New Jersey lawmakers seek to abolish high school graduation proficiency testing

Teacher in school classroom - File Photo.

TRENTON, NJ – A bill before the New Jersey legislature will seek to abolish the state’s high school graduation proficiency test as a requirement to obtain a high school diploma.

Bill A3308, sponsored by Shirley K. Turner, an assemblywoman representing the Trenton region, is seeking to eliminate high school graduation proficiency test.

This bill eliminates the high school graduation proficiency test, which is required under current law to be taken in the 11th grade.

Turner said she believes that graduation exit testing does not accurately represent student learning or career and college readiness.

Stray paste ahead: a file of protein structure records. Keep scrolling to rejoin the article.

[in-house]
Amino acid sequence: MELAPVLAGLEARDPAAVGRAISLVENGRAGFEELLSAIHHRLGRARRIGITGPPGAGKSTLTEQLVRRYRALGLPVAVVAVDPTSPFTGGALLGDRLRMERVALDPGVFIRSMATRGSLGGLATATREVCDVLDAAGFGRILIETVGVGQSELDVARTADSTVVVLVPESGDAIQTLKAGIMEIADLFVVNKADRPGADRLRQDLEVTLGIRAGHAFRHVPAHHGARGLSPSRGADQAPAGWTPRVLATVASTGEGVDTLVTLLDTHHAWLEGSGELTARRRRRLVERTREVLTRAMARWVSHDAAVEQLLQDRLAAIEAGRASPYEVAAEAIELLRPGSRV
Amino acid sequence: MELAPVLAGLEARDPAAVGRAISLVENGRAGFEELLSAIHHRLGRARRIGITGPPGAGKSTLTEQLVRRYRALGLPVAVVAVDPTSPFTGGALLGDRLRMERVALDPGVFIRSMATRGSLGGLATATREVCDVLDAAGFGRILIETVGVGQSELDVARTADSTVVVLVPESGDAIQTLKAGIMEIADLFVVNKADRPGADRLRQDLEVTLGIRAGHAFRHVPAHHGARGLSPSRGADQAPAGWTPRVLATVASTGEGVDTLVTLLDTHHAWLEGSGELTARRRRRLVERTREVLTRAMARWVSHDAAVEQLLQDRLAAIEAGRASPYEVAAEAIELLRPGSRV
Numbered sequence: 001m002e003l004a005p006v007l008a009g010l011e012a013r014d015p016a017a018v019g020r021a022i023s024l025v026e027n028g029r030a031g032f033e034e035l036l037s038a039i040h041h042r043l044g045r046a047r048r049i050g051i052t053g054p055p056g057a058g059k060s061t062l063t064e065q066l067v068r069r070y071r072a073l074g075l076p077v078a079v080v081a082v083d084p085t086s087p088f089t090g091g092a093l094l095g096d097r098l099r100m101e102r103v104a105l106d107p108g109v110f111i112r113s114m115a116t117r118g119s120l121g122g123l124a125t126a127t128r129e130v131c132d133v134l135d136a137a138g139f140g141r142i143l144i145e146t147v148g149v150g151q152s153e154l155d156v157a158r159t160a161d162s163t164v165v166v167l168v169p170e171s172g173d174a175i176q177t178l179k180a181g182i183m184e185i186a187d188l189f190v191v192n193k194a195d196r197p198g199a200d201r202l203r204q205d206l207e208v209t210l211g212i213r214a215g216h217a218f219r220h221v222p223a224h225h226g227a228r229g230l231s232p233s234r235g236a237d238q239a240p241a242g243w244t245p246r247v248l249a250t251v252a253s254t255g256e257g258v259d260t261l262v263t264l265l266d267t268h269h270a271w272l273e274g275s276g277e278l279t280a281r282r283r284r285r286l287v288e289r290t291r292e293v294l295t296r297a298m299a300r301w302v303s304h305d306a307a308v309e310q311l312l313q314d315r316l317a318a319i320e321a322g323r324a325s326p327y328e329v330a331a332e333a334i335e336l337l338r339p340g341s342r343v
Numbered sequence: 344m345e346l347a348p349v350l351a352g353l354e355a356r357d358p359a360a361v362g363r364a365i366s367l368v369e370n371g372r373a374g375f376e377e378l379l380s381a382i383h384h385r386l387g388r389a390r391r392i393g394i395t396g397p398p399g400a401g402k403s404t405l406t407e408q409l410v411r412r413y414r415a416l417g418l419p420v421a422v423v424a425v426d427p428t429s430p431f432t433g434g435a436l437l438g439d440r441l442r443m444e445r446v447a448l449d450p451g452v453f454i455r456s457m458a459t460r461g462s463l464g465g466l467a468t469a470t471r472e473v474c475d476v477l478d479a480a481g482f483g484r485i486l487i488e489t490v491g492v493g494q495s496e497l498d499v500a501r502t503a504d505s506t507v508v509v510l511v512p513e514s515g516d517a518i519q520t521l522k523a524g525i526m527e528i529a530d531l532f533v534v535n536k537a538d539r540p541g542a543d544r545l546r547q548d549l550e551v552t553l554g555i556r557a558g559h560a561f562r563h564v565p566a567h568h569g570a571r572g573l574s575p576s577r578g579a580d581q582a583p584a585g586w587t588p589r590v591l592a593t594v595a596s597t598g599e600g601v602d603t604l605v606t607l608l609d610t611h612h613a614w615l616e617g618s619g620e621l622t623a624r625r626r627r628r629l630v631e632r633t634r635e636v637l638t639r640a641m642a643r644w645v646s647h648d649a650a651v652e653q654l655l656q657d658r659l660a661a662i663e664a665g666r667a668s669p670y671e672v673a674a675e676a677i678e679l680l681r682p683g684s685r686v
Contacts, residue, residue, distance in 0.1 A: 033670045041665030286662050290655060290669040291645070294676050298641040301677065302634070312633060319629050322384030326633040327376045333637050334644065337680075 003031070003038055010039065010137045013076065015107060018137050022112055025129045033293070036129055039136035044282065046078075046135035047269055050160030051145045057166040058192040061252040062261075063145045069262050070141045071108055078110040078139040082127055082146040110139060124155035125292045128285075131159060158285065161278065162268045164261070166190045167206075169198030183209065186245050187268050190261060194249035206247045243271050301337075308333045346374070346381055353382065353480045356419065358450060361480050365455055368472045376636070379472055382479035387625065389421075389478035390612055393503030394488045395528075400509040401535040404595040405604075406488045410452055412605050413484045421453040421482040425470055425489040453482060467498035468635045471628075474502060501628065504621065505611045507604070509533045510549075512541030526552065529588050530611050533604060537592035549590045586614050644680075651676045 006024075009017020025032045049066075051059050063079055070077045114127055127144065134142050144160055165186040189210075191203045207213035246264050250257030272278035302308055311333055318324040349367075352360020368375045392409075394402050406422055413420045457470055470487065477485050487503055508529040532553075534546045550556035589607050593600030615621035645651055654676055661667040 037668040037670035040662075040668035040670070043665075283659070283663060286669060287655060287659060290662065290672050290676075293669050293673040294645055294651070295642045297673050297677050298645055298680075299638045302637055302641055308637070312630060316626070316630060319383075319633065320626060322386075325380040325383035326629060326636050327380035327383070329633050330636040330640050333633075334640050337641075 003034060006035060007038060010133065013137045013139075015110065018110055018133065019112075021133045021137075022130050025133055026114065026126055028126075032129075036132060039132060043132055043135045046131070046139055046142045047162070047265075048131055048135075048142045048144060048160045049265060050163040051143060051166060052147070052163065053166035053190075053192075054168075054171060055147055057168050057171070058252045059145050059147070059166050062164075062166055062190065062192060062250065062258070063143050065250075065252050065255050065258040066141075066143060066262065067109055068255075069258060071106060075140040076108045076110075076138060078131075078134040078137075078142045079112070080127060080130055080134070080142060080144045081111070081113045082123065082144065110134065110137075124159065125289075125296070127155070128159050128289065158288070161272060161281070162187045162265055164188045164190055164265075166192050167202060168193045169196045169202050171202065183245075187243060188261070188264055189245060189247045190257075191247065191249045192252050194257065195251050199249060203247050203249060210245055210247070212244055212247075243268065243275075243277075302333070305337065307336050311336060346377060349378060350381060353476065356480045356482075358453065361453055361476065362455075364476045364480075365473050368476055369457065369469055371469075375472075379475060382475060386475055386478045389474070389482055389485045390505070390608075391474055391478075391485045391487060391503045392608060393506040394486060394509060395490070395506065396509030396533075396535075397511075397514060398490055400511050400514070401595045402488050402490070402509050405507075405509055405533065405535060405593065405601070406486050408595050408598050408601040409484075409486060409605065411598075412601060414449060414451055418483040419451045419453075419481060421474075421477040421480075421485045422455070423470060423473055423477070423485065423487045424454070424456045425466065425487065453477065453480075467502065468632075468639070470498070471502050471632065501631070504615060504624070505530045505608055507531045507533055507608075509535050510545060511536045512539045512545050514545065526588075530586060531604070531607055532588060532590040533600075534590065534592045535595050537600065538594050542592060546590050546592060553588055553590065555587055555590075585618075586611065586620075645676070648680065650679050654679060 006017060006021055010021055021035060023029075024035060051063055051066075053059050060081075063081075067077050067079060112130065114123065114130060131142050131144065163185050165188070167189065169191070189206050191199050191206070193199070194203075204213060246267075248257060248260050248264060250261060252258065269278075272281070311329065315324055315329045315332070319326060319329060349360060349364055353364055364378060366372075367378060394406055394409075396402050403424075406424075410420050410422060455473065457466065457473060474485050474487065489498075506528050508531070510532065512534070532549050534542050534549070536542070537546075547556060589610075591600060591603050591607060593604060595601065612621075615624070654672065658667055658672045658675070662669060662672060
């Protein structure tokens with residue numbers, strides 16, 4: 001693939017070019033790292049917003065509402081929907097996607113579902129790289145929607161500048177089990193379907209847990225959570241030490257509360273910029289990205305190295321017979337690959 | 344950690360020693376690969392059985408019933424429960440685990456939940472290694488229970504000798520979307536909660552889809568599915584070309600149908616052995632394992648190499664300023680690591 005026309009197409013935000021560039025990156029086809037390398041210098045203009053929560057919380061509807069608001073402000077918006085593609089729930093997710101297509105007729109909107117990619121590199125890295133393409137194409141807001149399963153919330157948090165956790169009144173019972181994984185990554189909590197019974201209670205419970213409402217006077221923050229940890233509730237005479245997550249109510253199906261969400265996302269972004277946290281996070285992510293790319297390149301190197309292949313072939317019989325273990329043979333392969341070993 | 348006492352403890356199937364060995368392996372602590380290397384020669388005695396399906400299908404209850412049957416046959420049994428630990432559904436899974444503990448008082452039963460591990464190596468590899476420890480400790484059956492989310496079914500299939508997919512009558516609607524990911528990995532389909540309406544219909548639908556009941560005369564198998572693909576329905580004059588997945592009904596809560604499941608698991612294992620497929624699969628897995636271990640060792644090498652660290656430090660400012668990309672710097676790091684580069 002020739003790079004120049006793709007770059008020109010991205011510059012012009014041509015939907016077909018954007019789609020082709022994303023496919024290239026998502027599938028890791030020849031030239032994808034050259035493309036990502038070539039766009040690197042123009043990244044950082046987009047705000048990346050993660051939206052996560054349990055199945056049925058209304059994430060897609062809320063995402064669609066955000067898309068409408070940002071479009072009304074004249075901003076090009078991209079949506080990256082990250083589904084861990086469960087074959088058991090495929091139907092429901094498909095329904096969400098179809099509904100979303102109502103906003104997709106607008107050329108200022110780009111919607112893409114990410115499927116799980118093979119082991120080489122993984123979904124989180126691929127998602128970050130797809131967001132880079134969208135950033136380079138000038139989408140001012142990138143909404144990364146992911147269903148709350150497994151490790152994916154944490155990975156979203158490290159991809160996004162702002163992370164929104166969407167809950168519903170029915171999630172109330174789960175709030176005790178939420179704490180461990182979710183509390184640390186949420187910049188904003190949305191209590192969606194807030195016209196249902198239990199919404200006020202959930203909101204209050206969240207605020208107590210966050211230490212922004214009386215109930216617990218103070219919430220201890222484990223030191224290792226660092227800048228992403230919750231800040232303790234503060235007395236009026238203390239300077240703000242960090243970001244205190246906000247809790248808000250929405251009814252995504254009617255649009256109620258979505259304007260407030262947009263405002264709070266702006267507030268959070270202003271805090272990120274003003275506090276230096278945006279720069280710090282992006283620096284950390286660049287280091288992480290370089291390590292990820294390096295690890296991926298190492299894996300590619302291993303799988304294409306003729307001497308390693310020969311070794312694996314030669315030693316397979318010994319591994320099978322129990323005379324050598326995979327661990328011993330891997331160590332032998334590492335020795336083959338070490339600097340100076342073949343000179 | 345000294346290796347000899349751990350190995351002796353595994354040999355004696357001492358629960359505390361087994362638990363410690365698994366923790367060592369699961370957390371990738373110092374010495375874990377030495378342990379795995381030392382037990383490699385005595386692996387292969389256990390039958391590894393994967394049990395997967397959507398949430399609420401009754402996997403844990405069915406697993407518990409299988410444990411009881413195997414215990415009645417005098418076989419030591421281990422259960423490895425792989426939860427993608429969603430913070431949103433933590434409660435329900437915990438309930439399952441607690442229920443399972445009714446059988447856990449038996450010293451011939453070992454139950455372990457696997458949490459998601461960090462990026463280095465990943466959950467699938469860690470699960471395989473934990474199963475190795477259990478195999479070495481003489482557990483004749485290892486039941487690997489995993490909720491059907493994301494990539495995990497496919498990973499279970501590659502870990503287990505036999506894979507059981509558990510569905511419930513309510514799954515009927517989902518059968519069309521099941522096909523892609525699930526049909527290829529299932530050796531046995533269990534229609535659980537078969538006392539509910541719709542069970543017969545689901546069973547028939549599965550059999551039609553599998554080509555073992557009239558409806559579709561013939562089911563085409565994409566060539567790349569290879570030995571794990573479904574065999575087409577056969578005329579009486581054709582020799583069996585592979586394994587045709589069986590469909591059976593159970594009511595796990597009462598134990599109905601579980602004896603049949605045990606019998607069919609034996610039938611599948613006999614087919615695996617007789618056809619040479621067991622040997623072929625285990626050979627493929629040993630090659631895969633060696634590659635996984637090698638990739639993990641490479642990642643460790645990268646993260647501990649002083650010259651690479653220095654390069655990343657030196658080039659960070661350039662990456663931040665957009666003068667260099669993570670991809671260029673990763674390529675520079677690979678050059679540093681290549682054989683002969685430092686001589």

“Studies have shown numerous flaws with standardized testing, including variation in student performance based on external circumstances, strong racial and socioeconomic biases, and inconsistency with material taught in class,” Turner said in a statement. “he purpose of using standardized tests as graduation requirements is often to assess college readiness, however studies have shown that other metrics, such as grade point average, can predict the likelihood of graduation from college up to five times better than standardized test scores. In recent years, many states have eliminated graduation exit testing for these reasons, and currently only 11 states still maintain a testing requirement for high school graduation.”

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Under the bill, if signed into law, the State Board of Education would be prohibited from including in the standards for graduation from high school a requirement that students achieve satisfactory performance on the Statewide graduation proficiency test.